Guatemalan president-elect cries foul over lawfare ‘coup’

Bernardo Arevalo’s surprise electoral victory last month has led to efforts to deplatform his party

The mounting political and legal opposition to Guatemalan president-elect Bernardo Arevalo and his Movimento Semilla (Seed Movement) party constitute “illegal political persecution,” Arevalo, who ran on an anti-corruption platform, told reporters on Friday.

We are seeing a coup d’etat in motion in which the justice apparatus is used to violate justice,” he said during a news conference, warning that “these political mafias will try to consummate the coup d’etat” during the four months preceding January’s swearing-in ceremony. 

Citing his political opponent’s refusal to concede as well as a court decision earlier this week suspending Semilla’s status as a party, Arevalo denounced what he called “acts of illegal political persecution by those who refuse to accept the demand of the Guatemalan people for change and to close the chapter of corruption and impunity in the country.”

Specifically, the center-left politician named Attorney General Consuelo Porras, special prosecutor for corruption Rafael Curruchiche, and the judge who ordered Semilla’s suspension as enemies of democracy.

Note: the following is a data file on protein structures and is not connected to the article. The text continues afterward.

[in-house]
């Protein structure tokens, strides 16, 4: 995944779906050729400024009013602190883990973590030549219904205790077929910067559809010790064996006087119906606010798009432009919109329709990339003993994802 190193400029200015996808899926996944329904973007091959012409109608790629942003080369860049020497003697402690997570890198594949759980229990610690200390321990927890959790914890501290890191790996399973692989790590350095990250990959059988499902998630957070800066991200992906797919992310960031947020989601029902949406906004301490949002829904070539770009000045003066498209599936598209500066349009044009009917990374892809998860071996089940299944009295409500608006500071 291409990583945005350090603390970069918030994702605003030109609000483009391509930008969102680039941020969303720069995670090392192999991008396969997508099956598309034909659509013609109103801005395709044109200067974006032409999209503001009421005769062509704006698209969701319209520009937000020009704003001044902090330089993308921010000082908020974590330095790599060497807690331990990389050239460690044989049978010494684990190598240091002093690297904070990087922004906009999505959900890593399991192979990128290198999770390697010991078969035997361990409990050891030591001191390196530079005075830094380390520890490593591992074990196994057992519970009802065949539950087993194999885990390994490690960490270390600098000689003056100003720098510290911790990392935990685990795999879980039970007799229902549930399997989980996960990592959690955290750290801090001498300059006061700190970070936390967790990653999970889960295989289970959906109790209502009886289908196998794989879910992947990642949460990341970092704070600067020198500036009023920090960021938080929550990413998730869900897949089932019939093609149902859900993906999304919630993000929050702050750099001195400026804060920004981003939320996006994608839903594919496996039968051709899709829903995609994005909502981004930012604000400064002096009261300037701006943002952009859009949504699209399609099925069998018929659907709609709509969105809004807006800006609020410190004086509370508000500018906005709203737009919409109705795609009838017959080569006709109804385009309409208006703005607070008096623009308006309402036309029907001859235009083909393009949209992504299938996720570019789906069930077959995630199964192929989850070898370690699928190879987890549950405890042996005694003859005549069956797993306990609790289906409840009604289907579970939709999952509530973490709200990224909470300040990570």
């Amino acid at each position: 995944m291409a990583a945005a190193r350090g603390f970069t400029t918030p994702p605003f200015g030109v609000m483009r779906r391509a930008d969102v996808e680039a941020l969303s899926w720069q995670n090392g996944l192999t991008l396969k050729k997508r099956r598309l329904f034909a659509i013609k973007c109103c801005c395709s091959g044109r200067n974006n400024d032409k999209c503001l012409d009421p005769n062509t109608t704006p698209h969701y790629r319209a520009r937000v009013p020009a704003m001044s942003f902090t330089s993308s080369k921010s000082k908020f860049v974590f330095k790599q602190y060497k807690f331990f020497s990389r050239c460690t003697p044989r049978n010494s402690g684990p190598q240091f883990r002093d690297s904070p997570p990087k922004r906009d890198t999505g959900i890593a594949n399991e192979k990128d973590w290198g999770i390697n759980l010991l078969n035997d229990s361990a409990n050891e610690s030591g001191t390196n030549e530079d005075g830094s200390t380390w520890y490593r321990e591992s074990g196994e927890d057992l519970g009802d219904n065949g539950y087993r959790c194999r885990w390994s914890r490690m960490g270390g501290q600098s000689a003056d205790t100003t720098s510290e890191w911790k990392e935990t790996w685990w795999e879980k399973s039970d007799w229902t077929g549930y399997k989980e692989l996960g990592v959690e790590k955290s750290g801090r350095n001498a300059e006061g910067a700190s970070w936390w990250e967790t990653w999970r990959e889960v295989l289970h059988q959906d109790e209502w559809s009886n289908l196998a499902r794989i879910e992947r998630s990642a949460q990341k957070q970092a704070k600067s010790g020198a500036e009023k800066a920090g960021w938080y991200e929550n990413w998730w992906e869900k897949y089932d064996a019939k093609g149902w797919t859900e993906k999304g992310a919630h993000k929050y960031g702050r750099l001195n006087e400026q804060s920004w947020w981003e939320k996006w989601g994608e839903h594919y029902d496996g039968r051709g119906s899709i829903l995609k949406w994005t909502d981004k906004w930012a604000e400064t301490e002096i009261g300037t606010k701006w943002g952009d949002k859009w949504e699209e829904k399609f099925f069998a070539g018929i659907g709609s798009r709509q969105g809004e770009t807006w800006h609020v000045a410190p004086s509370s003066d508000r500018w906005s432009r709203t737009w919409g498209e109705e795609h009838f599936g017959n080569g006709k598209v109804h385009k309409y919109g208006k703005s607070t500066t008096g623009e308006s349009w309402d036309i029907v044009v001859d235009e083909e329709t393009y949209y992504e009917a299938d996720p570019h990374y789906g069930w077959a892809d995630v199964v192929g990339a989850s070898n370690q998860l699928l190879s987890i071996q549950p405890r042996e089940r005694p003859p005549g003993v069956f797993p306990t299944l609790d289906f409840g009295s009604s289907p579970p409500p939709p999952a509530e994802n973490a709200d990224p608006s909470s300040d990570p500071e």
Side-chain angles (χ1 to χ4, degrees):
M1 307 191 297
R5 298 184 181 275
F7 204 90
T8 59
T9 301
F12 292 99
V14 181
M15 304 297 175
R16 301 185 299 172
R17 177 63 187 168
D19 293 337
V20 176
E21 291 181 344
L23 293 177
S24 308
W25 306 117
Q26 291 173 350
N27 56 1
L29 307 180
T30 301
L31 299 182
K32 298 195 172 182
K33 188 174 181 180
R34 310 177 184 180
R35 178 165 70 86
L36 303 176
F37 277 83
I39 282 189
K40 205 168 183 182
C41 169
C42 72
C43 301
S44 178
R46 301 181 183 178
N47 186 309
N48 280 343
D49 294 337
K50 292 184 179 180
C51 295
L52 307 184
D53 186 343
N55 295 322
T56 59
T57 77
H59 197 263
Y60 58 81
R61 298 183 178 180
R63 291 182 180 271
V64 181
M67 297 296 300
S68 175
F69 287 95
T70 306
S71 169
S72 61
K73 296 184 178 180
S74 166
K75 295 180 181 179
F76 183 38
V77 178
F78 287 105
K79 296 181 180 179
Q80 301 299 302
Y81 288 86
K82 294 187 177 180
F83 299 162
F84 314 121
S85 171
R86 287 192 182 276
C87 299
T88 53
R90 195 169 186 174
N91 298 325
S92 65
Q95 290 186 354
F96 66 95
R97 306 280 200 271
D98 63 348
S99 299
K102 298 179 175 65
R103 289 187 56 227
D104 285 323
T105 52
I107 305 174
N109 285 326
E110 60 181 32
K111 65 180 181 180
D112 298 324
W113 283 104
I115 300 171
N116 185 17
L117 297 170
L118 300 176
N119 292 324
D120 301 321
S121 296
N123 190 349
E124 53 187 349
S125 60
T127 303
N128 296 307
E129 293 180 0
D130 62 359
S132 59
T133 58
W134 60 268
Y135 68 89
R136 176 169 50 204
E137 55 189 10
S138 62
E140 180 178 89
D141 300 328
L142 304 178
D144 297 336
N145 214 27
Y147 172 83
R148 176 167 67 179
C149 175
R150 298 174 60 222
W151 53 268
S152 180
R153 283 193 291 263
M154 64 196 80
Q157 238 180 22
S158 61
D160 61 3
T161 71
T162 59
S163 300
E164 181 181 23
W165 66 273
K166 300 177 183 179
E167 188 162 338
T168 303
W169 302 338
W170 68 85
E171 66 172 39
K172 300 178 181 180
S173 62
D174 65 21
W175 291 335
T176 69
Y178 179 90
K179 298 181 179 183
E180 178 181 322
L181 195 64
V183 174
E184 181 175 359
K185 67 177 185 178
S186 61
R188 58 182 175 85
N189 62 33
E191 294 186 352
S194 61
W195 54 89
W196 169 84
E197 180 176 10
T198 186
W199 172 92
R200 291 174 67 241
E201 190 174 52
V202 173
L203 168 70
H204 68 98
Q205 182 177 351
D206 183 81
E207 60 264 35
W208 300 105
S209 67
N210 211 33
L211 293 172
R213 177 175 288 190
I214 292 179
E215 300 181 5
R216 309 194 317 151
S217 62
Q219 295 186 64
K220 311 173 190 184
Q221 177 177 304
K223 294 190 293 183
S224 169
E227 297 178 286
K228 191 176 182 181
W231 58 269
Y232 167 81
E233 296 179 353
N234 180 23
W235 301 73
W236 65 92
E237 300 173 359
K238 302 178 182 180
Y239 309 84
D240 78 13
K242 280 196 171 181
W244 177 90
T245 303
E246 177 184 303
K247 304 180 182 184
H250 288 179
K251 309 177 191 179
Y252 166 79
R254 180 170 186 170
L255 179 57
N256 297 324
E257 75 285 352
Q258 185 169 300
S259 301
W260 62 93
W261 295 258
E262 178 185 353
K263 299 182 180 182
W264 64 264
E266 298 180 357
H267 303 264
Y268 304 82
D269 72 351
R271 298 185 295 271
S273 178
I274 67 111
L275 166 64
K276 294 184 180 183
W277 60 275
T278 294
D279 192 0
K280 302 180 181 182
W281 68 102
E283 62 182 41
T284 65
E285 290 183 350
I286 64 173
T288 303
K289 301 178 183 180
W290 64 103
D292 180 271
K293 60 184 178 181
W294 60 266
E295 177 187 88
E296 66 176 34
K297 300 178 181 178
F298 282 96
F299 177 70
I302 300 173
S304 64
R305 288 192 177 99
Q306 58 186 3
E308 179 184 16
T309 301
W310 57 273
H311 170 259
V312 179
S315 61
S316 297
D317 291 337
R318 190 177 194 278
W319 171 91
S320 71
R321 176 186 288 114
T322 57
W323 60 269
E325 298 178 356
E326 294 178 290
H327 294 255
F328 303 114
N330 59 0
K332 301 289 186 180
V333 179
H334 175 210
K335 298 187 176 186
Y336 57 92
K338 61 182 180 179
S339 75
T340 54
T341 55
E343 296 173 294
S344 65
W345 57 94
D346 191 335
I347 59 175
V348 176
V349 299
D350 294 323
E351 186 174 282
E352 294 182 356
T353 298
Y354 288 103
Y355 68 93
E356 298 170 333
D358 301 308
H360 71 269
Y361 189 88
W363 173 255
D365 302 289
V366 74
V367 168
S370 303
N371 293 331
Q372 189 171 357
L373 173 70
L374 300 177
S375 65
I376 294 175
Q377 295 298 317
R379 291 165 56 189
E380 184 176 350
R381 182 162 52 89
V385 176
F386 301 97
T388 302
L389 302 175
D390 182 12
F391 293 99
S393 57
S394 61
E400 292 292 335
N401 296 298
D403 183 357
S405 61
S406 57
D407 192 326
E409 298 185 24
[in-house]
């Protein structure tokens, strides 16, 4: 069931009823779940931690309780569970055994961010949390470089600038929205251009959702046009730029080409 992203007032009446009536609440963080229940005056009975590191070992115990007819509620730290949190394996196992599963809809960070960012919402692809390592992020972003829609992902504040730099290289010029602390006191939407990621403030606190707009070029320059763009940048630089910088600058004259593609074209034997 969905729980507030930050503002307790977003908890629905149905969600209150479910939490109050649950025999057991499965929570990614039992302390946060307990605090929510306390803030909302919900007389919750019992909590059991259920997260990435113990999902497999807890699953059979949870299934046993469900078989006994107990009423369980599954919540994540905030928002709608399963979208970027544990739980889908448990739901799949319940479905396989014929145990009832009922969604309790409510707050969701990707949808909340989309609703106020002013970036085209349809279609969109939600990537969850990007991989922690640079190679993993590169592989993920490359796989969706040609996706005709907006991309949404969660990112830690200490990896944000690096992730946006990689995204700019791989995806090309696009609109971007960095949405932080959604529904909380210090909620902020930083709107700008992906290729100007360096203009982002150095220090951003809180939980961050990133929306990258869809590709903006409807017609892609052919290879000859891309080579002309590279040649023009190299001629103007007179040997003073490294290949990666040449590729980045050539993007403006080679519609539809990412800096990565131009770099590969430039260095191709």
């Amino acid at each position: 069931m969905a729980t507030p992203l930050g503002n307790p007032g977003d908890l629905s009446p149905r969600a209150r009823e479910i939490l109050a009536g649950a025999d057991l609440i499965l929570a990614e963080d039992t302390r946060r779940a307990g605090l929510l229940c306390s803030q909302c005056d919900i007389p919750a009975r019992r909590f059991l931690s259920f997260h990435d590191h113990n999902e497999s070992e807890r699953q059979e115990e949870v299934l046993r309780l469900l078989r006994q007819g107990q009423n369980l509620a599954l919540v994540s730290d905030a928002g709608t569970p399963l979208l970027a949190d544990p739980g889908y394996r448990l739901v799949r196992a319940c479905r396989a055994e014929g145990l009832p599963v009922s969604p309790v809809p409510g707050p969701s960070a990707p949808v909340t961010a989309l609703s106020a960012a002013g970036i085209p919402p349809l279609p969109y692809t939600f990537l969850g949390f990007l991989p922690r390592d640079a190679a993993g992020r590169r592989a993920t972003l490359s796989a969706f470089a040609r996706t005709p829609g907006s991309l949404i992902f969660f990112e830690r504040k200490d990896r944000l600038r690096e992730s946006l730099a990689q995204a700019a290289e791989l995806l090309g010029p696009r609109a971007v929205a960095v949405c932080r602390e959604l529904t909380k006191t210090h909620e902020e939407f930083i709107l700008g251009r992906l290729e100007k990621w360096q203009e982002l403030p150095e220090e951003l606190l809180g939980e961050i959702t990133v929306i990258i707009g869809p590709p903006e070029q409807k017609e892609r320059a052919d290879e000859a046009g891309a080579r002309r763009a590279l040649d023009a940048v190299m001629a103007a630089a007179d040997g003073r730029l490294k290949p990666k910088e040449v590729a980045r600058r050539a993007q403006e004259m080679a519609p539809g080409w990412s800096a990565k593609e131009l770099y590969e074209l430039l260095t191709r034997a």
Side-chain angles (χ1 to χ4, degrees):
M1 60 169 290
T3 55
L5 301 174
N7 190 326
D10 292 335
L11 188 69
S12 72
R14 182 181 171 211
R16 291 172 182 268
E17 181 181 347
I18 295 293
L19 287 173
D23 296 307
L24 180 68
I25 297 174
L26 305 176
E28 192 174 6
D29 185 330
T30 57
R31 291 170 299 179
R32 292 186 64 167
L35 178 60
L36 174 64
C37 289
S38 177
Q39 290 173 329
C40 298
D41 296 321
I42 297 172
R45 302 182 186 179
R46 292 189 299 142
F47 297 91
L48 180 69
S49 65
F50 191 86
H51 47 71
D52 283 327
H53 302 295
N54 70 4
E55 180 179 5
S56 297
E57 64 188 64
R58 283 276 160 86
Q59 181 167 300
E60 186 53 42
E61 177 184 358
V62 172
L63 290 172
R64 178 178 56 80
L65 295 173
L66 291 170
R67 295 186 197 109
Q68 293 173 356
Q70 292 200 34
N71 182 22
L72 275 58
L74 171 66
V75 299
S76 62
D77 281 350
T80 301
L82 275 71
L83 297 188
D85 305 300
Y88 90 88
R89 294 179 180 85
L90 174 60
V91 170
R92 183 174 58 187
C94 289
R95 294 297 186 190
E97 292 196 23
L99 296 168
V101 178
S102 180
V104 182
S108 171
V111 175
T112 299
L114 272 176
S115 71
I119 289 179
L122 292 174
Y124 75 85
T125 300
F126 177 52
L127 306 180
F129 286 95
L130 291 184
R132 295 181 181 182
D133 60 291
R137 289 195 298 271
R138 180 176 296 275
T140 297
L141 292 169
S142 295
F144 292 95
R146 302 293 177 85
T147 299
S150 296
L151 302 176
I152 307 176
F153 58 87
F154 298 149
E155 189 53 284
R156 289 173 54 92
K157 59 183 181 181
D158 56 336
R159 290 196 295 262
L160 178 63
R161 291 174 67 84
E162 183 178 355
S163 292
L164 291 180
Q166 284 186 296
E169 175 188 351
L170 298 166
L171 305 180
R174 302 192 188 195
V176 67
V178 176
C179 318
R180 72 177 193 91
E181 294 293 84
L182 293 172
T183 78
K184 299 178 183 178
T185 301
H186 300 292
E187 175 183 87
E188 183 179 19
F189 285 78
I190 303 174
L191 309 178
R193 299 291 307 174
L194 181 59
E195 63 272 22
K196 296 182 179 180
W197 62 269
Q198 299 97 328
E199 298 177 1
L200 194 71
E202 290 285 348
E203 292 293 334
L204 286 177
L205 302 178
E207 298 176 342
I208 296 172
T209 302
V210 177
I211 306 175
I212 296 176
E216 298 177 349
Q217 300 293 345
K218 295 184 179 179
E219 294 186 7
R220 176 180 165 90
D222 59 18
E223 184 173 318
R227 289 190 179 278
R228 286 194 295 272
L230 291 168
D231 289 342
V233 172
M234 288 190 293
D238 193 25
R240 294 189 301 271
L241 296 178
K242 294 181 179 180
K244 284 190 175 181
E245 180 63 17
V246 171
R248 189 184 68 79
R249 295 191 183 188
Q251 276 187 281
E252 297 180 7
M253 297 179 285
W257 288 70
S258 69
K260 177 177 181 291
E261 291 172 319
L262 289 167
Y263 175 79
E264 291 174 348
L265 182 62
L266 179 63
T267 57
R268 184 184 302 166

Arevalo won 58% of the vote in last month’s run-off against former First Lady Sandra Torres and her National Unity of Hope (UNE) party after Semilla came in second in the first round of voting.  While Guatemala’s electoral tribunal recognized his victory as legitimate, UNE and its supporters insisted the vote was rigged. 

In July, a coalition of UNE and eight other parties sought and obtained a review of the first-round results, doubting Arevalo – a sociologist and son of a former president – came by his second-place finish honestly. 

While Guatemalan law prohibits the suspension of a political party during elections, efforts to deplatform Semilla began over a month before the runoff after a citizen complained the party had falsely used his signature to help establish itself. Curruchiche opened an investigation, claiming to find more than 5,000 illegal signatures – including 12 dead people – and revoked Semilla’s status as a party on Monday.

The decision relegated Semilla’s seven elected lawmakers to “independent” status, barring them from leadership positions in Congress. The legislature formally backed Curruchiche’s decision on Wednesday. Semilla has promised to fight the decision in court. 

The Organization of American States urged the courts to tread carefully, finding last month that “the mechanisms and tools of Guatemalan justice are being used politically” against Arevalo and Semilla. Barring Arevalo from the presidency would violate constitutional order and the people’s will, OAS representative Eladio Loizaga said.

US Secretary of State Antony Blinken also weighed in, expressing concern on Friday over “continued actions by those who seek to undermine Guatemala’s democracy.” The Biden administration has recognized Arevalo’s win, despite frowning on his campaign-trail call for closer relations with China.

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